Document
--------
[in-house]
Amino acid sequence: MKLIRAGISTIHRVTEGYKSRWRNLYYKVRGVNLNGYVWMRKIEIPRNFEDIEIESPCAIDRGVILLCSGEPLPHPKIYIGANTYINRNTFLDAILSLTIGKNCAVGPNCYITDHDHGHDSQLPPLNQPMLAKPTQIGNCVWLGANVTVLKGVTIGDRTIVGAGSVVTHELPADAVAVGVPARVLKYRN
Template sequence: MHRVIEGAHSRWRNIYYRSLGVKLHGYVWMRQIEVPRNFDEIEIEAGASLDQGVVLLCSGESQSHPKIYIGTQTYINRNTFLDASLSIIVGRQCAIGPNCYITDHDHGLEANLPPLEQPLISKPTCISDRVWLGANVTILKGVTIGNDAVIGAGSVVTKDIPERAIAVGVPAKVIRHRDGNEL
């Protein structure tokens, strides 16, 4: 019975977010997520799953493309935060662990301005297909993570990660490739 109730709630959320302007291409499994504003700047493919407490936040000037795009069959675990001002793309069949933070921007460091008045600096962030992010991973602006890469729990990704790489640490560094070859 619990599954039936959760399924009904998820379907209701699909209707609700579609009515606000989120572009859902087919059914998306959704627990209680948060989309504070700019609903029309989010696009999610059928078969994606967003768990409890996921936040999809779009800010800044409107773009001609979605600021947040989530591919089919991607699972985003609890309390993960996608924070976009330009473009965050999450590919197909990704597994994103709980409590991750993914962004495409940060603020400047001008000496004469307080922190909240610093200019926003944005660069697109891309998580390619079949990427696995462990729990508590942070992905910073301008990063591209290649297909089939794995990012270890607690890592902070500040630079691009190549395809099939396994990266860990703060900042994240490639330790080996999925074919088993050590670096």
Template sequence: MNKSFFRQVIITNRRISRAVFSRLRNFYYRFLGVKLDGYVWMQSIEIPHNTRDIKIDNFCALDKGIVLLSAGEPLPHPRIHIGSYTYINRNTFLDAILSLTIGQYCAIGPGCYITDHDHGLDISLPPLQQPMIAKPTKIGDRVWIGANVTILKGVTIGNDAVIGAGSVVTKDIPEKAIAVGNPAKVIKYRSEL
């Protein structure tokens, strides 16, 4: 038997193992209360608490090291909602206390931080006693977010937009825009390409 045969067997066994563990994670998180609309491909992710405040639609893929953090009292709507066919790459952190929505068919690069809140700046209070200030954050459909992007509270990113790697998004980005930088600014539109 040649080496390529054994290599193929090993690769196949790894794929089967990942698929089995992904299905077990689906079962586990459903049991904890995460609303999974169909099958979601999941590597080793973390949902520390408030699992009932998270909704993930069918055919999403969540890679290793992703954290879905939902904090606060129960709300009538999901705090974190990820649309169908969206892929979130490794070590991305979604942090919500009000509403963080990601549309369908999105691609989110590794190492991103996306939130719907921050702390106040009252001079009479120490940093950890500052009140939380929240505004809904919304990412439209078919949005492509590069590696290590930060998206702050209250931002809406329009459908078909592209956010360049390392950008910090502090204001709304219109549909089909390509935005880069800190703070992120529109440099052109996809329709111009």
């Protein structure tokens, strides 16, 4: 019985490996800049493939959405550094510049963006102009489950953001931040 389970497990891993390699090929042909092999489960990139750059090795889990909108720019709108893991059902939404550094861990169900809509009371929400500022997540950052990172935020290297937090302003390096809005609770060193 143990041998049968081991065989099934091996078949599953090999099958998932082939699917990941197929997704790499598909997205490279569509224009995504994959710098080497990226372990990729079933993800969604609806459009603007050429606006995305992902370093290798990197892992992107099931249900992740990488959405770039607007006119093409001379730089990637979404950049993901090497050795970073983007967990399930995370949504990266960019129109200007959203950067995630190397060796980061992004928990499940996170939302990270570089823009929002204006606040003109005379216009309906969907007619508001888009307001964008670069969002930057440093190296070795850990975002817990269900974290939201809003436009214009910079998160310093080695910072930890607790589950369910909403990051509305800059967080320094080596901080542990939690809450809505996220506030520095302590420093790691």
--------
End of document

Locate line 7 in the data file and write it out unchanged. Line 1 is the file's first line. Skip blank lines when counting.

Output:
């Protein structure tokens, strides 16, 4: 019985490996800049493939959405550094510049963006102009489950953001931040 389970497990891993390699090929042909092999489960990139750059090795889990909108720019709108893991059902939404550094861990169900809509009371929400500022997540950052990172935020290297937090302003390096809005609770060193 143990041998049968081991065989099934091996078949599953090999099958998932082939699917990941197929997704790499598909997205490279569509224009995504994959710098080497990226372990990729079933993800969604609806459009603007050429606006995305992902370093290798990197892992992107099931249900992740990488959405770039607007006119093409001379730089990637979404950049993901090497050795970073983007967990399930995370949504990266960019129109200007959203950067995630190397060796980061992004928990499940996170939302990270570089823009929002204006606040003109005379216009309906969907007619508001888009307001964008670069969002930057440093190296070795850990975002817990269900974290939201809003436009214009910079998160310093080695910072930890607790589950369910909403990051509305800059967080320094080596901080542990939690809450809505996220506030520095302590420093790691």